1987 Charter ‘imperfect’ but carries safeguards vs instability, framer says

Charter change
The Constitution needs amending, but only at the right time and by the right people, says framer Ed Garcia. —PHOTO BY TJ BURGONIO

When politicians tried to have their way in the crafting of the 1973 Constitution, they were met with street protests in the tumultuous early years of Ferdinand Marcos Sr.’s regime.

The writing on the wall was very clear. Filipinos “didn’t want politicians to be involved in the drafting of the Constitution,” human rights activist Edmundo “Ed” Garcia recalled in a recent Zoom interview with CoverStory.ph. 

“Remember that the First Quarter Storm was an offshoot of the protests of young people and students to make sure that we have a nonpartisan constituent assembly,” Garcia said, referring to the period from January to March 1970.  

He said the protests 54 years ago and today’s growing opposition to fresh moves to amend the 1987 Constitution should serve as a “warning” to the proponents. 

“It’s a warning to them not to destabilize the situation further. It’s already destabilized,” Garcia said, pointing out that Filipinos are groaning under the weight of poverty, unemployment, injustice, and poor policies on food production, agriculture and education. 

If anything, he said, the country’s leaders should focus on addressing the urgent and long-term needs of Filipinos instead of wasting time and resources on “political maneuvering.”

“This kind of people’s initiative that they’re forcing on us is really not coming from the people. It’s coming from a few politicians who want perhaps to enlarge the possibility of retaining their power,” he said of the now discontinued mode of amending the Charter.

The Constitution, drafted in the aftermath of the February 1986 bloodless people’s revolt that brought down the Marcos dictatorship and catapulted Corazon Aquino to the presidency, “is not the problem, but part of the solution,” Garcia said.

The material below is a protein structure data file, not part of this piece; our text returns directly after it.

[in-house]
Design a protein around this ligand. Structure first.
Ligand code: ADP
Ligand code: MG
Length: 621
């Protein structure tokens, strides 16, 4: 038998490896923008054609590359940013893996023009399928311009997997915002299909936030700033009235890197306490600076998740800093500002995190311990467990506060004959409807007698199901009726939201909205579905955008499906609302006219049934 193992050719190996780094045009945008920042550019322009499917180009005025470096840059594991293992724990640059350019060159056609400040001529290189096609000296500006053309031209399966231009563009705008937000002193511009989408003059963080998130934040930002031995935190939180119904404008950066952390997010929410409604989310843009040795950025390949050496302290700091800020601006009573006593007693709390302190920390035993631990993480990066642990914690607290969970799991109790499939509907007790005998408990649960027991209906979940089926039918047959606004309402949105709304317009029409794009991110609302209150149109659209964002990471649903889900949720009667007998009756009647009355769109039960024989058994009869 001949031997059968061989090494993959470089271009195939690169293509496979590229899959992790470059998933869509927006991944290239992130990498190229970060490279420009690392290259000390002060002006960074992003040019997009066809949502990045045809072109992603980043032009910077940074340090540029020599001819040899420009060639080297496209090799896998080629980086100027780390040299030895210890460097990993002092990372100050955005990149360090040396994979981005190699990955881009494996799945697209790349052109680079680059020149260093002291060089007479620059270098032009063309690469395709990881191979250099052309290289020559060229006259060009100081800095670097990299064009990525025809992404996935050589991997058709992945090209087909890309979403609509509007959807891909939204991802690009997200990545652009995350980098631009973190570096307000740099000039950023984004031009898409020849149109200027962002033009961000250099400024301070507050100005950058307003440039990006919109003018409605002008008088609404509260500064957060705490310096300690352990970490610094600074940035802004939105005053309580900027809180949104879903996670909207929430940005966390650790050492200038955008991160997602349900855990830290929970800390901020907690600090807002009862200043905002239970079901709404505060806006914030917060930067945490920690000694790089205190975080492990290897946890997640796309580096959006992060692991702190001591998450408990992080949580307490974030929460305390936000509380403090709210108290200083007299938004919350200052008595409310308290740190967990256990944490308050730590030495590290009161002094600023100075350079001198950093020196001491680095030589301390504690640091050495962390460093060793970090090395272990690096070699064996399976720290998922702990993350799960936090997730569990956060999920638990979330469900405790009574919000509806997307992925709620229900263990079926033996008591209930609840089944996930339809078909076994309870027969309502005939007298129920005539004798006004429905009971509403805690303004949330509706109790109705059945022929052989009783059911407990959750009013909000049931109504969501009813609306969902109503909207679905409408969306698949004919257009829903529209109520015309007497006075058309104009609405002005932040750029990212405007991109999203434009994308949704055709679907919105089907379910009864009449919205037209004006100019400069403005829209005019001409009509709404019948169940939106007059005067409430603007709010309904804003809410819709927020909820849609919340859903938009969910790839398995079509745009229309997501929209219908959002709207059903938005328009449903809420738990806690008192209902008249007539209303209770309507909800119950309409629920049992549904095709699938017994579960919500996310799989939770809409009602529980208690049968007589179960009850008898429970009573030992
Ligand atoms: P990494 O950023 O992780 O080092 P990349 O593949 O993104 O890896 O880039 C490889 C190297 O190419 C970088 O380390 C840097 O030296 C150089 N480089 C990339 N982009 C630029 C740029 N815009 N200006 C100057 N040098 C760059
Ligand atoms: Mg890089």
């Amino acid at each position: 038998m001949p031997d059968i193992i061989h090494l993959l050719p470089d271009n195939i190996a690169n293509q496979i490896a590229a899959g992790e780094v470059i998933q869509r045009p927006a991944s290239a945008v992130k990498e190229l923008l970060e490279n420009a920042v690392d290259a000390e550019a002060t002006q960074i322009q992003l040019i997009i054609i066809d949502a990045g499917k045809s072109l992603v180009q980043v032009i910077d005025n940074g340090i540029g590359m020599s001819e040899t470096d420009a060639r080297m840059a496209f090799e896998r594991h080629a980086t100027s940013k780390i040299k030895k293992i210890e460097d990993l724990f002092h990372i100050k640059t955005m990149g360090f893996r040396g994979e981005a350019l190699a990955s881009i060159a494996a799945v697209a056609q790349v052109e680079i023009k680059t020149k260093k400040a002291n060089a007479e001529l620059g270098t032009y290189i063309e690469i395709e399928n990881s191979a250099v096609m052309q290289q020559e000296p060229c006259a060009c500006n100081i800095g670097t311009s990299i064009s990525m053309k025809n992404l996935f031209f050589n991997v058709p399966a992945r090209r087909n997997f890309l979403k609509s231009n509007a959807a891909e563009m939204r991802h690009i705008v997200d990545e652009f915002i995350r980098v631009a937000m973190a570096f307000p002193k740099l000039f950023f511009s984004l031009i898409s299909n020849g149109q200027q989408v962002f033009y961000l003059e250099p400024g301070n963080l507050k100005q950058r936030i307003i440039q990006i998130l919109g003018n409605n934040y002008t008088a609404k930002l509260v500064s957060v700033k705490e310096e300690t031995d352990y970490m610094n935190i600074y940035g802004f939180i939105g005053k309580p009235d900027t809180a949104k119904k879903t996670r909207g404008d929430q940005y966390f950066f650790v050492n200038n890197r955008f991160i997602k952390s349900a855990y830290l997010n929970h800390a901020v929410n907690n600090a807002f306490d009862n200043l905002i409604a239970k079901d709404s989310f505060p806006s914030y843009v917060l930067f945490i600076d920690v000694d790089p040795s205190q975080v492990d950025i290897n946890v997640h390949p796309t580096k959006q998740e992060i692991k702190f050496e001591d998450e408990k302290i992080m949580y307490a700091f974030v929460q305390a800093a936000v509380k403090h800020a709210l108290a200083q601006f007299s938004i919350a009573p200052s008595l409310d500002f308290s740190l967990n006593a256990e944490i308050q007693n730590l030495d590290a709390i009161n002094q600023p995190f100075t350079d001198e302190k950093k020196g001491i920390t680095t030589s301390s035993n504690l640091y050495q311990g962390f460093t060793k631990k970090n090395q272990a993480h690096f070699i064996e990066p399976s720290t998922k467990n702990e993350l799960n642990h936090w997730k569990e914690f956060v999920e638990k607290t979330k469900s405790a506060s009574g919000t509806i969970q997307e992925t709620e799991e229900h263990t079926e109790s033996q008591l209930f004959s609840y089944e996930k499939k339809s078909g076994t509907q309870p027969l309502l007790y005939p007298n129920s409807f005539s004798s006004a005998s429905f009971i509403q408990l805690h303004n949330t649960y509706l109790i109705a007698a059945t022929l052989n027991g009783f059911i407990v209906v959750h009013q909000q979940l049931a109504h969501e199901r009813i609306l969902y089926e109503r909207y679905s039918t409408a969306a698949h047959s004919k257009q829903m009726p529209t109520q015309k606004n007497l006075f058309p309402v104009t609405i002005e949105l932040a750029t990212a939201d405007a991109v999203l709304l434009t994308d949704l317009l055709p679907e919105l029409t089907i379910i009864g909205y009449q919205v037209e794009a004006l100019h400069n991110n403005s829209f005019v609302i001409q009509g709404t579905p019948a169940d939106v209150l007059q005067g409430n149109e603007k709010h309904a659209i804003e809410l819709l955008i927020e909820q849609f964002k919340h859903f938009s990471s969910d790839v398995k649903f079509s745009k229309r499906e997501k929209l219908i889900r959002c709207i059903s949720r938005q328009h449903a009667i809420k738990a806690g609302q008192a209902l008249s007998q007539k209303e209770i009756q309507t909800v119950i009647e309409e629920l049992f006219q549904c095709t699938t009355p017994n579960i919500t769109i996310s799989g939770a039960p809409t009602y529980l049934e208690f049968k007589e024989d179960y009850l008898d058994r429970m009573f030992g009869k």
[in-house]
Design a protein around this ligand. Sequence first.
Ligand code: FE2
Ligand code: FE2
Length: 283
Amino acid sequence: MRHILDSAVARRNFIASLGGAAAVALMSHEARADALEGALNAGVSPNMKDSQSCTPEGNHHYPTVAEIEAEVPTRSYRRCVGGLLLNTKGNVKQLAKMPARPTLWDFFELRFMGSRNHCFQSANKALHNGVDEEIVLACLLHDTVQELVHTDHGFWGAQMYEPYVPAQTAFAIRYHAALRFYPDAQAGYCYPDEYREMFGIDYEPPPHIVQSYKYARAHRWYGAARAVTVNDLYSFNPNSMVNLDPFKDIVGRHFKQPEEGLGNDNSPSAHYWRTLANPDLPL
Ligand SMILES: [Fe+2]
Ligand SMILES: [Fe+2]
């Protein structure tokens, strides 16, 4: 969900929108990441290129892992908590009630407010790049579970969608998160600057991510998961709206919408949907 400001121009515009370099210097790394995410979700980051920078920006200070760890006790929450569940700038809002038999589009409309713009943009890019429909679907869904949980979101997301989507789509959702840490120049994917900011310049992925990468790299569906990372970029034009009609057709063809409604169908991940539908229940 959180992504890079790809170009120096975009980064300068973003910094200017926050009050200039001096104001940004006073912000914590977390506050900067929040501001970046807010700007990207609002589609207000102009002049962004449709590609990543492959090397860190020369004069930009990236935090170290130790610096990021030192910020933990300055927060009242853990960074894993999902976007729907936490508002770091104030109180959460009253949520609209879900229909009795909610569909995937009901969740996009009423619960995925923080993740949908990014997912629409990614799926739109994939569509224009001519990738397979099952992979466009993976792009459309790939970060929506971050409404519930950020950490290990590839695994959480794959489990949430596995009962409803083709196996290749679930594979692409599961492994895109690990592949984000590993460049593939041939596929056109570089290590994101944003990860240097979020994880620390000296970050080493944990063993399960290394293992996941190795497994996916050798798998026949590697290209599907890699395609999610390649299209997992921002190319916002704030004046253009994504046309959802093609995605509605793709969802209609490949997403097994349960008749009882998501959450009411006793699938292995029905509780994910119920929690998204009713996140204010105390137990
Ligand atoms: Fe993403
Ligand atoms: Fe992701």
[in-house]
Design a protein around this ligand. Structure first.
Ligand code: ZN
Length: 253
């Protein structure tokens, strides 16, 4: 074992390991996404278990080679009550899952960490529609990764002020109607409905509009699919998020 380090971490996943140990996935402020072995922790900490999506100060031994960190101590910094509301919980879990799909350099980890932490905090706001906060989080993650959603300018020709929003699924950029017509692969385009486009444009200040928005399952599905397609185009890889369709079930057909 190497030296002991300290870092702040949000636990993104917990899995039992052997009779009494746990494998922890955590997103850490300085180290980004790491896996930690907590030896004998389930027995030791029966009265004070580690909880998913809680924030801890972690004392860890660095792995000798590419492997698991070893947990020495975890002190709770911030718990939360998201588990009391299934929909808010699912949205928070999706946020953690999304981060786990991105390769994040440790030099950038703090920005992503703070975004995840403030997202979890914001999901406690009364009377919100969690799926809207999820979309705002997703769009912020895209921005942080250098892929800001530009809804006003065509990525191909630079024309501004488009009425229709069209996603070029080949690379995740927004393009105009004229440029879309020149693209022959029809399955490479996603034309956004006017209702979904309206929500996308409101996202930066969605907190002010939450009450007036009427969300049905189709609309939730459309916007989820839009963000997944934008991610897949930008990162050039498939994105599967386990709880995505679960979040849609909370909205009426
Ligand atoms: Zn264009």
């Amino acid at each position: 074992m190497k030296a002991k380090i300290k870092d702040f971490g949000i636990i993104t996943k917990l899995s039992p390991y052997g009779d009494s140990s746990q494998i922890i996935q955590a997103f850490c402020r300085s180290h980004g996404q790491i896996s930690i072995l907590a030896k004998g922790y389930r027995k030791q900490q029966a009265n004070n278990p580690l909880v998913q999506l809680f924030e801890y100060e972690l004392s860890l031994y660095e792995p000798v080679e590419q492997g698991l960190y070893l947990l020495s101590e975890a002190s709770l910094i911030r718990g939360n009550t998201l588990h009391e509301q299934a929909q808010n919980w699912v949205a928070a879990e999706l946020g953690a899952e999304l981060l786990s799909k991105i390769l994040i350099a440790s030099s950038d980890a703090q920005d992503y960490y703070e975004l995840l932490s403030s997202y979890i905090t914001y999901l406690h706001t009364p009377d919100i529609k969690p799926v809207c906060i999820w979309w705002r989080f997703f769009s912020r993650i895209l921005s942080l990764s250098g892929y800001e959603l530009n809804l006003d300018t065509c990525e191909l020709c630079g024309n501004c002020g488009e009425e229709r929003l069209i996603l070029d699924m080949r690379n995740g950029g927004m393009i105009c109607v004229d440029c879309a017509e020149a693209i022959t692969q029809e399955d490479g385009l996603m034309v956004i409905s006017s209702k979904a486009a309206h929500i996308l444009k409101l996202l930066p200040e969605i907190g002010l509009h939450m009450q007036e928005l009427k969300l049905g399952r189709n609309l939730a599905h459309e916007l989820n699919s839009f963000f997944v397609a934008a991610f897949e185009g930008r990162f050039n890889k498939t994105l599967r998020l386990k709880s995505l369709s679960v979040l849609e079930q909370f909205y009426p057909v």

He said that while it’s “imperfect,” it carries safeguards against the return of dictatorship, institutes a system of checks and balances, enshrines the bill of rights of Filipinos, and fosters people’s participation in policymaking, among many others. 

Constitutional commission 

Garcia was among the framers of the 1987 Constitution. At 43, he was tapped to be part of the constitutional commission (Con-Com) in 1986 to draft a new charter that would replace the 1973 Constitution. At the time he was teaching political science at the University of the Philippines and Latin American studies at the Ateneo de Manila University.  

Cecilia Muñoz-Palma was elected Con-Com president; Ambrosio Padilla, vice president; and veteran journalist Napoleon Rama, floor leader. 

The commission also included Felicitas Aquino, Adolfo Azcuna, Teodoro Bacani, Jose Bengzon Jr., Joaquin Bernas, Florangel Rosario Braid, Roberto Concepcion, Hilario Davide Jr., Vicente Foz, Jose Luis Martin Gascon, Jose Laurel Jr., Regalado Maambong, Christian Monsod, Teodulo Natividad, Ma. Teresa Nieva, Jose Nolledo, Blas Ople, Minda Luz Quesada, Florenz Regalado, Francisco “Soc’’ Rodrigo, Rene Sarmiento, Lorenzo Sumulong, Christine Tan and Bernardo Villegas. 

It took them at least four months, from June 1 to Oct. 16, 1986, to draft the document, but only after undertaking a rigorous process.

Garcia, who chaired the public hearings committee, said they suspended the sessions in Manila in the early days, packed their bags, and traveled to the countryside to hold consultations with the people “from Batanes to Sulu.”

“I said, ‘Stop. We can’t continue to craft this Constitution unless we consult our co-authors.’ We have to go out to the country and listen to their opinions, or ideas’,” he recalled telling the other delegates.